Around 7.5 billion years from now, the sun will destroy the Earth. If humanity’s descendants still populate this planet (an increasingly unlikely scenario, given how enthusiastically we are hastening our own extinction), they will be wiped out in an instant, along with every other species of terrestrial fauna and flora. As maximum life expectancies go, 7.5 billion years is a long time, but it’s nowhere near eternity. There are only so many hours left on the human clock. Best, then, to make our apologies while we can.
Michael Elmgreen and Ingar Dragset’s It’s Never Too Late to Say Sorry (2011) is a work much concerned with time, and the opportunities it presents for penance. Invited to respond to Rotterdam’s busy Coolsingel thoroughfare, the Scandinavian artists installed a display case – part museum vitrine, part minimalist sculpture, part nod towards the thick plate glass and polished granite of sleekly luxurious corporate architecture – outside a former post office building, which had been closed following the ‘liberalization’ of the Dutch mail system in 2009. If the design of this case suggested that it protected some rare and precious treasure, then its contents were decidedly unglamorous: a single, stainless steel megaphone. Why furnish this public space with such an object? Perhaps it wasn’t an artwork at all, but rather an emergency device, like a life belt or a fire extinguisher. Maybe it was an insurance policy against future harm.
The answer arrived at noon on May 28th, 2011, when Wim Konings – a local artist and a part-time postman for one of the Netherland’s various private carriers – unlocked the case, removed the megaphone, and brought it to his lips, intoning the words ‘It is never too late to say sorry’ in a slow, solemn voice. As baffled pedestrians looked on, he replaced the megaphone, locked the case, and then walked off past Rotterdam’s City Hall, to begin another afternoon of delivering mail. Working to Elmgreen & Dragset’s instructions, Konings repeated this gnomic, midday ritual on the Coolsingel for a full calendar year, keeping a diary of 366 ‘sorry reports’ that were later collected in a book.
Watching footage of Konings’ performance, it has something of both the medieval town crier, and of the mystic proclaiming visions in the ancient marketplace. Such forms of public address are very rare in 21st Century urban life. Konings does not try to persuade passersby to buy a hot dog, or to vote for a political candidate, or to donate to a charity, or even (for all that his language resembles a Bible verse) to embrace Christ as their saviour. He makes no case for his claim that ‘It is never too late to say sorry’, preferring repetition to explanation, as though by stating it again and again he might somehow wear it into city’s very paving stones, like a groove in a vinyl LP. From his tone of voice – dignified, unhurried, but hardly enthusiastic – it’s not even clear whether he agrees with what he’s saying, or simply playing the messenger’s part.
‘It is never too late to say sorry’. Is it really? Sorry to whom? Sorry for what? Who should say sorry, anyway? This statement is neither indisputable, nor detailed, nor does it (we should note) constitute an apology itself. These apparent deficiencies, however, are exactly what give Elmgreen & Dragset’s work its strange, nagging power. Konings’ words might apply to any misdeed, from the most serious to the most trivial, and we begin to imagine a whole history of potential human apology, in which every member of our species issues a mea culpa, whether they are confessing to bloody war crimes, or the late return of a library book. It’s Never Too Late to Say Sorry might, of course, be interpreted in strictly local terms (Rotterdam is not without its own tensions, particularly around immigration) but at base this is a work that would still function were it to appear in the Rome of Julius Caesar, or the Xanadu of Kublai Khan.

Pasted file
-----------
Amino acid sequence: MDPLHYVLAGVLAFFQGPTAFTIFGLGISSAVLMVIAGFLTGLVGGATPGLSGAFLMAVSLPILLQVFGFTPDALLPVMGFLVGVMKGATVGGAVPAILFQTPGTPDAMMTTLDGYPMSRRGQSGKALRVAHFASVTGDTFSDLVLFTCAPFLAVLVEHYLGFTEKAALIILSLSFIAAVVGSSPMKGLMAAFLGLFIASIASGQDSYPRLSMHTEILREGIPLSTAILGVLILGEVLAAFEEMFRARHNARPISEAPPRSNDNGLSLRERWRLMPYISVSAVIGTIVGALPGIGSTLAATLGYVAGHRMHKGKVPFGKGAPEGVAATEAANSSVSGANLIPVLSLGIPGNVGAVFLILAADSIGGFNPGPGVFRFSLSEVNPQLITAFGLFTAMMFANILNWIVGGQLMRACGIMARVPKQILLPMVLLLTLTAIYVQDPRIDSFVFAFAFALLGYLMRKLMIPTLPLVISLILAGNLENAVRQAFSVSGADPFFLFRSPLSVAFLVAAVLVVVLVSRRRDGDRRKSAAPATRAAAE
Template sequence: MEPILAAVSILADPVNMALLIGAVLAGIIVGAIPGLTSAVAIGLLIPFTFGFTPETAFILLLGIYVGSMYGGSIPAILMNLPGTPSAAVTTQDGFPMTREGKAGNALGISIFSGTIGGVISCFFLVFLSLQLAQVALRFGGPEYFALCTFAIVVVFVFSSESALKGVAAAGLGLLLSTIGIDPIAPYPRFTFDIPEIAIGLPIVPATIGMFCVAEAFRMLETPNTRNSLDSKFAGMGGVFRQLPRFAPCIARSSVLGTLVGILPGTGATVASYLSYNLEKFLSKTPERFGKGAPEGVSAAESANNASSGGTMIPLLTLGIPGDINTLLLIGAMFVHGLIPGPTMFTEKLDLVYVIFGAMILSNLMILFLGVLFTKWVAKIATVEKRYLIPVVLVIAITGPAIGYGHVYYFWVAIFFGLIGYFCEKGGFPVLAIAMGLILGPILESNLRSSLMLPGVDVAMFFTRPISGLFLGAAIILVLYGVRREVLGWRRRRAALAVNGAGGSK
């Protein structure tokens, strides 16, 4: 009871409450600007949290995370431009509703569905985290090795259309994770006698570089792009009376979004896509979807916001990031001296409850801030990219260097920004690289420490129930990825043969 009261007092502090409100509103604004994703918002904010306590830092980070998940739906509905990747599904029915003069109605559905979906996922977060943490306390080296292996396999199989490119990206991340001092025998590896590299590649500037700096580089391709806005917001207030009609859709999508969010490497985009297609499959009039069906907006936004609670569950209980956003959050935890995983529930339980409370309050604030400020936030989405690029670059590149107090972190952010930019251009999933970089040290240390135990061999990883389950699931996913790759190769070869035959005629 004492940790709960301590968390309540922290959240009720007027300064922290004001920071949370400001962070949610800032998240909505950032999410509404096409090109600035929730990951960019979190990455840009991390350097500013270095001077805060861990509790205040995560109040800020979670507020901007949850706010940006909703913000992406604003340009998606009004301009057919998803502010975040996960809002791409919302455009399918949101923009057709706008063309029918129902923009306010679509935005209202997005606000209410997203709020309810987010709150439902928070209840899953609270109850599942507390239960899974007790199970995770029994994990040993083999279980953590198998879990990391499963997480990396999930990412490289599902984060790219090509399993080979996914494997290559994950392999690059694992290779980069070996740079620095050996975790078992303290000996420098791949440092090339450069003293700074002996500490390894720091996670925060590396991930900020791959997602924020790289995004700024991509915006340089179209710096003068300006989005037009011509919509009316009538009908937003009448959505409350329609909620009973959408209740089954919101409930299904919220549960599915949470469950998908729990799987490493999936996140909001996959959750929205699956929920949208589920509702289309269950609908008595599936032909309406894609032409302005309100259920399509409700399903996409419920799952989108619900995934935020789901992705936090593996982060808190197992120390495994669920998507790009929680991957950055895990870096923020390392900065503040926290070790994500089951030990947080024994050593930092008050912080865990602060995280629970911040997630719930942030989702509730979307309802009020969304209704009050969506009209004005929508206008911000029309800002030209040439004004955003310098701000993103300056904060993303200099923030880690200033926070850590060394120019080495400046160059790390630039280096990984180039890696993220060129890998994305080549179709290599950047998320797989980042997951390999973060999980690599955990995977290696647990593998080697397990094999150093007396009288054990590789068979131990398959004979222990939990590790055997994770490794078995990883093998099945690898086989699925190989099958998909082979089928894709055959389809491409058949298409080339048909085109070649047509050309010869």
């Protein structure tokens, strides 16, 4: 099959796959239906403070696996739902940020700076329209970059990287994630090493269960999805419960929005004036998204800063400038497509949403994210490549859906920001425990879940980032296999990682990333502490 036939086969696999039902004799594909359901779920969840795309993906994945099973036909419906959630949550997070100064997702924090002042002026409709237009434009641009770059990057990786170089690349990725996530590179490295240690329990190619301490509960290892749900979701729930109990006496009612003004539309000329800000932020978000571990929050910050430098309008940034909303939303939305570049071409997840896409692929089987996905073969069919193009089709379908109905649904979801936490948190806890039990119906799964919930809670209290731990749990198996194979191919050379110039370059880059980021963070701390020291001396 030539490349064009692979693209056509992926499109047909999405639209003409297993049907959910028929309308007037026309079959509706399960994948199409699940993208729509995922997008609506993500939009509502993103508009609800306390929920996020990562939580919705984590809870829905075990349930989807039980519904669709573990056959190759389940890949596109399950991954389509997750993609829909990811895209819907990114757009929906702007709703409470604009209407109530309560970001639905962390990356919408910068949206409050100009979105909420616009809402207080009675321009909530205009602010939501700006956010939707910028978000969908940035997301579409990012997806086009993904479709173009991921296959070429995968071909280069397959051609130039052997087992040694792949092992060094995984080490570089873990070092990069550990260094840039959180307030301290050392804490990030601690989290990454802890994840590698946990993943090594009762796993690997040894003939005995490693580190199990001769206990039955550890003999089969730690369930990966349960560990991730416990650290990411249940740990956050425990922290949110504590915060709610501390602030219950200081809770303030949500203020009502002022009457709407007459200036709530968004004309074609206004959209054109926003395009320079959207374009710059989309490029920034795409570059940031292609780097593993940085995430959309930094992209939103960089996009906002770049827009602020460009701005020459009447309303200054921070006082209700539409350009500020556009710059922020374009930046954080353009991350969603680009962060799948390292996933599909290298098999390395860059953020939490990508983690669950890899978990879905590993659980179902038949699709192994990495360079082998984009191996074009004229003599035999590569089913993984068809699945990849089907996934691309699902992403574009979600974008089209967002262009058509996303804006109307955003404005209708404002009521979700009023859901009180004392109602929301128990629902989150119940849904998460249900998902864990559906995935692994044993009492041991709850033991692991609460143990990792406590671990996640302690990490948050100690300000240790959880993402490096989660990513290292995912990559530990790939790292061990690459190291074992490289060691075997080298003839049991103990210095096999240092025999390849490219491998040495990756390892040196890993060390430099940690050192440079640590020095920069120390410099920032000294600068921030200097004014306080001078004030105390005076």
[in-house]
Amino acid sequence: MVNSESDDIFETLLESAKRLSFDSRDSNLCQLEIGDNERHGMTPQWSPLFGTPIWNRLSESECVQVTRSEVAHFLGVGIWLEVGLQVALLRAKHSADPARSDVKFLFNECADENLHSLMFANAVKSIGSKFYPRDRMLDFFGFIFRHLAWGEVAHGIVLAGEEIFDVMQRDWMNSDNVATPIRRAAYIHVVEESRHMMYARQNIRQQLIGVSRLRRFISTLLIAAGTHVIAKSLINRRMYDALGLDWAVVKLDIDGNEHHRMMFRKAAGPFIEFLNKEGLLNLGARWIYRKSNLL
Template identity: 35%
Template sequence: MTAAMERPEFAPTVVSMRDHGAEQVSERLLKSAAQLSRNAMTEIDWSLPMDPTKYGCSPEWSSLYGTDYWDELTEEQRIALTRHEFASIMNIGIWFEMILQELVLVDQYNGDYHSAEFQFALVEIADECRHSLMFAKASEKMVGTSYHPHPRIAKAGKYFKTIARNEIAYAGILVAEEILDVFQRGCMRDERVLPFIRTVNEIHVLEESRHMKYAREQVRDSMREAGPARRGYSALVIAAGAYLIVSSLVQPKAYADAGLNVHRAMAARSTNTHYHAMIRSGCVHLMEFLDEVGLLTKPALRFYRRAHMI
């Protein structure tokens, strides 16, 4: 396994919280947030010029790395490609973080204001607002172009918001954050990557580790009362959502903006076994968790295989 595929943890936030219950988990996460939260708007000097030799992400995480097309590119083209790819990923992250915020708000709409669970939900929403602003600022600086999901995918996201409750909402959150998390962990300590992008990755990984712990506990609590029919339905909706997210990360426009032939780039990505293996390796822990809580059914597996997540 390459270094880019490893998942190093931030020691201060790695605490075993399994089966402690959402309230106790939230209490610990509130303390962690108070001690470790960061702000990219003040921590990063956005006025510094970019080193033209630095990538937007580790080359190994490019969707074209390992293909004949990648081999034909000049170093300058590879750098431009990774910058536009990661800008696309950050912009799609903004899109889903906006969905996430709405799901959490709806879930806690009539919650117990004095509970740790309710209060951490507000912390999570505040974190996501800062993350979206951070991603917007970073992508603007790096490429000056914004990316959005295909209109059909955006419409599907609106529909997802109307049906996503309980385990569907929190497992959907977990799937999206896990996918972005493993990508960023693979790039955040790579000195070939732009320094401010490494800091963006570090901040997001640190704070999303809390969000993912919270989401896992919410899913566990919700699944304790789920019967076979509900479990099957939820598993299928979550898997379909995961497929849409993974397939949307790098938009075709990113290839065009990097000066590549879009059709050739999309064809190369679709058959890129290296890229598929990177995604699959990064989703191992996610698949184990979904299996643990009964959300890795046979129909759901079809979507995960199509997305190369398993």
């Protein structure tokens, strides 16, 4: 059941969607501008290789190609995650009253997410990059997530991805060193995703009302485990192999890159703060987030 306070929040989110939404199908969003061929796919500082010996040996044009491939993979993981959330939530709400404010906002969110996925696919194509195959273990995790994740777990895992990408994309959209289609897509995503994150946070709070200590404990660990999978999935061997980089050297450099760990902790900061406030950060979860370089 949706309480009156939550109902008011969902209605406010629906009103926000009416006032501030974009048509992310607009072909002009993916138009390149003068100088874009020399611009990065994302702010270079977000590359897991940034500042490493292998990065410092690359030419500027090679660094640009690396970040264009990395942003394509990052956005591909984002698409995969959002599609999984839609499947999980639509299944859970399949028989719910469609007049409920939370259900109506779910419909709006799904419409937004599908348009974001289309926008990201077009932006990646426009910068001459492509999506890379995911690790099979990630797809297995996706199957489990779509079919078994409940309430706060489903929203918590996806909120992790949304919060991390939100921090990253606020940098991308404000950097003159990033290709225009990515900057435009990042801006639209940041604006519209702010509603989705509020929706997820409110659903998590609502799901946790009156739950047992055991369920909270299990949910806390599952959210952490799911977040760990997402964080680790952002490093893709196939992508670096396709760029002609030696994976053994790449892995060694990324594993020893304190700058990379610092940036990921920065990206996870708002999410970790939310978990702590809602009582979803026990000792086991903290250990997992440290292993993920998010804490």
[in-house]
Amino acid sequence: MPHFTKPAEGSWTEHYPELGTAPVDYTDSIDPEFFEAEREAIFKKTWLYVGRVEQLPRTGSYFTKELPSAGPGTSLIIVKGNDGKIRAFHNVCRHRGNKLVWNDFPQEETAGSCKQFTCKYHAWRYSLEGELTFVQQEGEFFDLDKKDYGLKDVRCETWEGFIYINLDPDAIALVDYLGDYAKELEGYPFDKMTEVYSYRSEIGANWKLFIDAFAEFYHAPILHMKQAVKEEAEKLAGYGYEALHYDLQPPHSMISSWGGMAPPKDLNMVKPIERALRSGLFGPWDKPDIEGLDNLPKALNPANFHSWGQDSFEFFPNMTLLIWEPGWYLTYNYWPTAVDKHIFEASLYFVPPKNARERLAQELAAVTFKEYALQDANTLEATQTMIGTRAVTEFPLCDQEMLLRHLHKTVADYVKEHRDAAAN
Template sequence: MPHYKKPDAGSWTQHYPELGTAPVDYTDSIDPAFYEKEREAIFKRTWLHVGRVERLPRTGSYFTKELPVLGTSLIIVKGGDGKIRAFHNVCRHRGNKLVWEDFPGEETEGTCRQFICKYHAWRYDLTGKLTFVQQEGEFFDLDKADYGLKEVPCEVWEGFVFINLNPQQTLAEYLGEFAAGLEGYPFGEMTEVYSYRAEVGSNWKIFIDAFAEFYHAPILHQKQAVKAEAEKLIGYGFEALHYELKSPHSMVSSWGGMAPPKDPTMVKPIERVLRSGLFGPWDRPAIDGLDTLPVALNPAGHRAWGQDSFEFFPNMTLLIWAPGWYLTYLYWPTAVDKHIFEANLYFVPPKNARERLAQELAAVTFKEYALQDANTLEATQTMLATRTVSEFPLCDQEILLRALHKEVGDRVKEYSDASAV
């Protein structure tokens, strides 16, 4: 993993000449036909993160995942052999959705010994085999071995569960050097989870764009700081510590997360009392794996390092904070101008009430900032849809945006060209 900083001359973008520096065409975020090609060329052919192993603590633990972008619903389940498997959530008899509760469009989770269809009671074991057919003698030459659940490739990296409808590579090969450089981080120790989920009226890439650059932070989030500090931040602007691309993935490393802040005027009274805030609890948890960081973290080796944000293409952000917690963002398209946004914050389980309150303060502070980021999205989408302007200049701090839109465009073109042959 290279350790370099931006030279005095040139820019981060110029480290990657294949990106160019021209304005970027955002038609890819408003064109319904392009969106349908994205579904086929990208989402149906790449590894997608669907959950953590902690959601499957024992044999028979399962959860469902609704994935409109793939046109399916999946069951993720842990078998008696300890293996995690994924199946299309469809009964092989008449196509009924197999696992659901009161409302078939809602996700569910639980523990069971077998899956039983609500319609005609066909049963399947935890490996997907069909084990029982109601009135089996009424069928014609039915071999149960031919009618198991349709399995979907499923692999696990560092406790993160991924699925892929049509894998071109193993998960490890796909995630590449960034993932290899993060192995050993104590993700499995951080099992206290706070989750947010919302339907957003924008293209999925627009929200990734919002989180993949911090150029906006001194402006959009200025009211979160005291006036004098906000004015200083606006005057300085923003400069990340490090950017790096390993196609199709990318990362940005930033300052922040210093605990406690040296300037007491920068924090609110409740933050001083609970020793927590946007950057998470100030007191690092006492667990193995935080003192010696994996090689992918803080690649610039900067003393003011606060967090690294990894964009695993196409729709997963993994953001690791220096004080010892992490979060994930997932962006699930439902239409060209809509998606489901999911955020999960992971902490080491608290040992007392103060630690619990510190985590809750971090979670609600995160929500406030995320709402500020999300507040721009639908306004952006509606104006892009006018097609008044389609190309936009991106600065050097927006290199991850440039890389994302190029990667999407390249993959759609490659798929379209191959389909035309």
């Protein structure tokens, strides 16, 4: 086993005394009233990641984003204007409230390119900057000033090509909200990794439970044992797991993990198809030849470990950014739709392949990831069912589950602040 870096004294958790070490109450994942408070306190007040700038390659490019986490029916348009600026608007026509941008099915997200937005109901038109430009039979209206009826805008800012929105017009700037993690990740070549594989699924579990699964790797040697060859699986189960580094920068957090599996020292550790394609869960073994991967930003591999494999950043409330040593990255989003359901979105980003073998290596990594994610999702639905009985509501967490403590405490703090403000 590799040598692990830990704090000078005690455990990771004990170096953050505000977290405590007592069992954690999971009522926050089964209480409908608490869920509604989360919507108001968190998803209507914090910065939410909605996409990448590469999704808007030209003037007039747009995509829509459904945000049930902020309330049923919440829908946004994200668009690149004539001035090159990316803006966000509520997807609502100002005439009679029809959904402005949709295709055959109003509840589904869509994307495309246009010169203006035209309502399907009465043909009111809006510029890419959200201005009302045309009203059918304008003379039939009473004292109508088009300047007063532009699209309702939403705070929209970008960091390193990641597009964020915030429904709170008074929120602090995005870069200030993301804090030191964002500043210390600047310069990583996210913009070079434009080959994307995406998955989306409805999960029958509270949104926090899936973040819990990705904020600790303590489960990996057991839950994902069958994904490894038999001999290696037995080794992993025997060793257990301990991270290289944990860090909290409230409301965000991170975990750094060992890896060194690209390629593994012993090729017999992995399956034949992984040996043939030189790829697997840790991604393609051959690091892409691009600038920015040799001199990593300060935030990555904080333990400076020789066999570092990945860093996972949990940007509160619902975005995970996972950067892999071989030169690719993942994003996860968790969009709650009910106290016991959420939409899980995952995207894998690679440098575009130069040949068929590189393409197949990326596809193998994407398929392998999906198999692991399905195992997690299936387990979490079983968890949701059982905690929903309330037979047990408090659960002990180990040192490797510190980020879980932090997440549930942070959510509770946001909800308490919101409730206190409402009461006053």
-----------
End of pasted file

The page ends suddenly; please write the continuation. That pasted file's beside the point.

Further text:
Was Konings offering the pedestrians on Coolsingel absolution? Not quite. If an apology may be accepted, then it may also be refused. ‘Sorry’ is not a magic word, or only insofar as it transforms the person who speaks it. Sometimes it really is ‘too late’ to make amends to those we have wronged (the dead, after all, have no ears to listen), but as long as we ourselves draw breath, then there is still the possibility of atonement. If Elmgreen & Dragset’s work is about reconciliation, then it is about how we might become reconciled to – and perhaps with – our own guilt. This, though, depends on us listening to Konings. Like all late capitalist cities, the streets of Rotterdam are full of messages, most of them promising that a better world is only one more purchase away. Against such a backdrop, what is the chance that this town crier – this mystic – will be heard?
If Konings’ daily performance recalls the myth of Sisyphus, a man fated to spend eternity rolling a boulder up a hill, only for it roll back down each time he reached the summit, then it also echoes a passage from Herodotus’ Histories (440BC) about mounted messengers in the First Persian Empire, famously adopted as the unofficial motto of the United States Postal Service: ‘Neither snow nor rain nor heat nor gloom of night stays these couriers from their appointed rounds’. Unlike the private mail carrier that employs Konings, the USPS is a state-owned Federal Agency. We might wonder which of his two daily rituals made him feel more like a public servant: delivering Rotterdam’s post, or simply reminding its citizens that there is still time to apologize?
During the 366 days in which Elmgreen & Dragset’s work played itself out on the Coolsignel, humanity travelled once around the sun. There are still some 7.5 billion years left before it burns us to a crisp. We can put off saying sorry for a little longer, but sooner or later, it will be time to atone.